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Monday, May 30, 2016

"Therefore … !" Proof or Spoof?

Sir, (a+bn)/n = x, therefore God exists. Please respond! -- Euler to Diderot, 1773.
An Unlikely Story. In 1773 atheist philosopher Denis Diderot visited the Imperial Court at St. Petersburg to personally thank Catherine for the patronage which was to spare him an impoverished old age. So that his often disconcerting though entertaining atheistic polemics not remain unremonished by his Christian hosts, it was arranged that he be present at a "mathematical" demonstration of the existence of God.

The mathematician Leonhard Euler was to make the initial statement in what was hoped would be another entertaining debate. Euler, addressing himself to Diderot, declared with a tone of perfect conviction, “Monsieur, (a+bn)/n = x, donc Dieu existe; respondez!" Diderot, totally ignorant of mathematics (according to Dieudonné Thiébault as related to DeMorgan), was dumbfounded. Diderot was granted permission to return immediately to France.

Although this anecdote has become something of a legend, it ignores the fact that Diderot, himself, was quite a good mathematician. He would have easily recognized Euler’s assertion to be a non sequitur. The point here, of course, is not whether God exists or not. Rather it is whether reciting a mathematical formula proves God’s existence when it is connected with the word “therefore.” Does any statement, call it A, prove another statement, B, when we all we do is connect them with the word, “therefore”? For example, “Dogs are mammals; therefore, the moon is not made of green cheese?”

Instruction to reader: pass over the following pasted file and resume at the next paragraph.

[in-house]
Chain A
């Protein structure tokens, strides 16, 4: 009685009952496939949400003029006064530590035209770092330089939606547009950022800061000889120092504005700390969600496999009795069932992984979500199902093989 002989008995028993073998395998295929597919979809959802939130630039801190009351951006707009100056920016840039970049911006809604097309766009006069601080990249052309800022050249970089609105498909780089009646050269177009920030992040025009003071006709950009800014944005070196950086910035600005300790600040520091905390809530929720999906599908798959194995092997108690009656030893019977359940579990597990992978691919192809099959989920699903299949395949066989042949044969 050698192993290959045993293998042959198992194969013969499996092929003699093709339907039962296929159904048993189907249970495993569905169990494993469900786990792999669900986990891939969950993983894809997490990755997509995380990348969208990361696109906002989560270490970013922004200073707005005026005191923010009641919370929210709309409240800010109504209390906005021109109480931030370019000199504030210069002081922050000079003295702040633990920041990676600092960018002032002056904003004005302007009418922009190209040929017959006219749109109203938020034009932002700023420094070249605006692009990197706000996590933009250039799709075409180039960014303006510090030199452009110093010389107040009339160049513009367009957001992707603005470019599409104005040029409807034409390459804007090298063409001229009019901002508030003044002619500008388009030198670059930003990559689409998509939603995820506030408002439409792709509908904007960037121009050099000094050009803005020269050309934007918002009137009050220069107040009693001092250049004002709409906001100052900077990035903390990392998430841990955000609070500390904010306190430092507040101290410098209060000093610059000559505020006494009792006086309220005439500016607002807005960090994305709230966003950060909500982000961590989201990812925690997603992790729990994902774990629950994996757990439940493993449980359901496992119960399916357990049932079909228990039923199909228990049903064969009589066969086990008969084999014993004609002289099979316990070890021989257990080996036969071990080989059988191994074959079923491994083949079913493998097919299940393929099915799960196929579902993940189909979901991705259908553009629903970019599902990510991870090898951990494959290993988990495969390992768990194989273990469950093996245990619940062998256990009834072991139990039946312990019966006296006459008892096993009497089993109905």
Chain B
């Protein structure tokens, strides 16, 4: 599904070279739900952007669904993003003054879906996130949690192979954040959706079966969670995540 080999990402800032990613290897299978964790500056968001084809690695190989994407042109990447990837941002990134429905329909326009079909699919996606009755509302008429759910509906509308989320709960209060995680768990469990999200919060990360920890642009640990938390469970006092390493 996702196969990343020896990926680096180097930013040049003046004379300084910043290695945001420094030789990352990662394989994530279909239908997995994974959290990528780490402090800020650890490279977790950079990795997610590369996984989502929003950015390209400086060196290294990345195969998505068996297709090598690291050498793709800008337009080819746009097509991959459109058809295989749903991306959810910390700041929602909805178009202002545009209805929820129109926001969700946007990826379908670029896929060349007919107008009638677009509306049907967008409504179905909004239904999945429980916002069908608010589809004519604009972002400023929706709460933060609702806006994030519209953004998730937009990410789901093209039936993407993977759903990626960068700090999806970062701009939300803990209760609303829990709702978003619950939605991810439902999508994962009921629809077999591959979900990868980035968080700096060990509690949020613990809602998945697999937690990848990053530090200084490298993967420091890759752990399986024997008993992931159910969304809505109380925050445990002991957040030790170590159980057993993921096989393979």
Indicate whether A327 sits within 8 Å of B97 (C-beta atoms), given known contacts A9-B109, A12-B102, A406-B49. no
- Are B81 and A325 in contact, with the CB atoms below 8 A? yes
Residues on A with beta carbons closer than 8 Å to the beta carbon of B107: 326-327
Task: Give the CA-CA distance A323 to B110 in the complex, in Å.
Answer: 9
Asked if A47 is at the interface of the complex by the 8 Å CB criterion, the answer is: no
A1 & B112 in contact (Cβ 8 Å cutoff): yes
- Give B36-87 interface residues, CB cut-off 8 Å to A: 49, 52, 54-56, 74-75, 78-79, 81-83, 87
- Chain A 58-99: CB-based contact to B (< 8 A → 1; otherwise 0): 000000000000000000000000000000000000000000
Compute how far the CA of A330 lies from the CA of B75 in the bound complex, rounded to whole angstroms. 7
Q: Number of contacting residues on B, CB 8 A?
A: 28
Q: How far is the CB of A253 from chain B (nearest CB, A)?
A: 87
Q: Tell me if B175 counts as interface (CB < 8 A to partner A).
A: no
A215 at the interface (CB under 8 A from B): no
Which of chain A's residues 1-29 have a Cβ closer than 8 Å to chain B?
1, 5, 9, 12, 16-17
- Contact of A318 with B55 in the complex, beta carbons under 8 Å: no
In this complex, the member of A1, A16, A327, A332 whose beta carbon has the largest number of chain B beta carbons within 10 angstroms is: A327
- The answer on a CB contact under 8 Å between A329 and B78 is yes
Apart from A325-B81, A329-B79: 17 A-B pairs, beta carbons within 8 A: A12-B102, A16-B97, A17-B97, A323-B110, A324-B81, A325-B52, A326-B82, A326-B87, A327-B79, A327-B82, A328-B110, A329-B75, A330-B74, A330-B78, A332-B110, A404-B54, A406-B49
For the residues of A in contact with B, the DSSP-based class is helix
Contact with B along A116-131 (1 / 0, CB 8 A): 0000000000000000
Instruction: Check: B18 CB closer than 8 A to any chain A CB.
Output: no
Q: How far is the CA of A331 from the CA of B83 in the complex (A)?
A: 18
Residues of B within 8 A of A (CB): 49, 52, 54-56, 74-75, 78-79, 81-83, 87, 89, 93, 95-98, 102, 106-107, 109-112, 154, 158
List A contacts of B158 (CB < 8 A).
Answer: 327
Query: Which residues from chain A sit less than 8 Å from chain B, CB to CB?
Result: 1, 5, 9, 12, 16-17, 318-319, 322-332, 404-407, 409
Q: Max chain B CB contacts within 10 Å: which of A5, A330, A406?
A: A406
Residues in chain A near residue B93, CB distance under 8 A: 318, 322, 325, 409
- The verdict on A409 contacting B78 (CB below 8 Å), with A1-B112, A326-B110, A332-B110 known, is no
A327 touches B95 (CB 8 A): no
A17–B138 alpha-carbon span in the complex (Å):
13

We would hardly deny that dogs being mammals has no connection to what the moon is made of. The Euler-Diderot story illustrates, however, what is to this day a common use of the word “therefore” -- or any of its many synonyms --: to foist off a nonsequitur on an unattentive or naïve audience.

The Many Synonyms of Therefore. Therefore connects a statement or body of statements (sometimes called “premises”) to a concluding statement, generally known as a “conclusion.” In contexts in which the word, therefore, would sound too high-falutin’, there are many other variations available: for example,
so
hence
in conclusion we must recognize that
consequently
it follows that
proves that
the weight of the evidence indicates that
But the most important thing for us to realize -- that which makes them most dangerous -- is that using any of these words or phrases to support possible conclusions rules out what may be real live options. Therefore and its family members insinuate that other possible considerations are not supported by the option already singled out by the therefores. (See An Introduction to Models of Reasoning)

Obscuring or Discarding Live Options. This is far more than a “mere” theoretical lesson. When, for example, we face a problem for which we are considering alternative solutions for decision, we must be on guard that the therefores of different partisan interests be more than attempts to intimidate or seduce us into acceptance of their special concerns. Intimidation and seduction need seldom be employed if everyone -- or a majority, at least -- can be convinced that the selected decision is adequately and reasonably supported.


To continue this train of thought see Rationales for Intervention: From Test to Treatment to Policy: A forensic theory of warrants & rebuttals


Cordially
--- EGR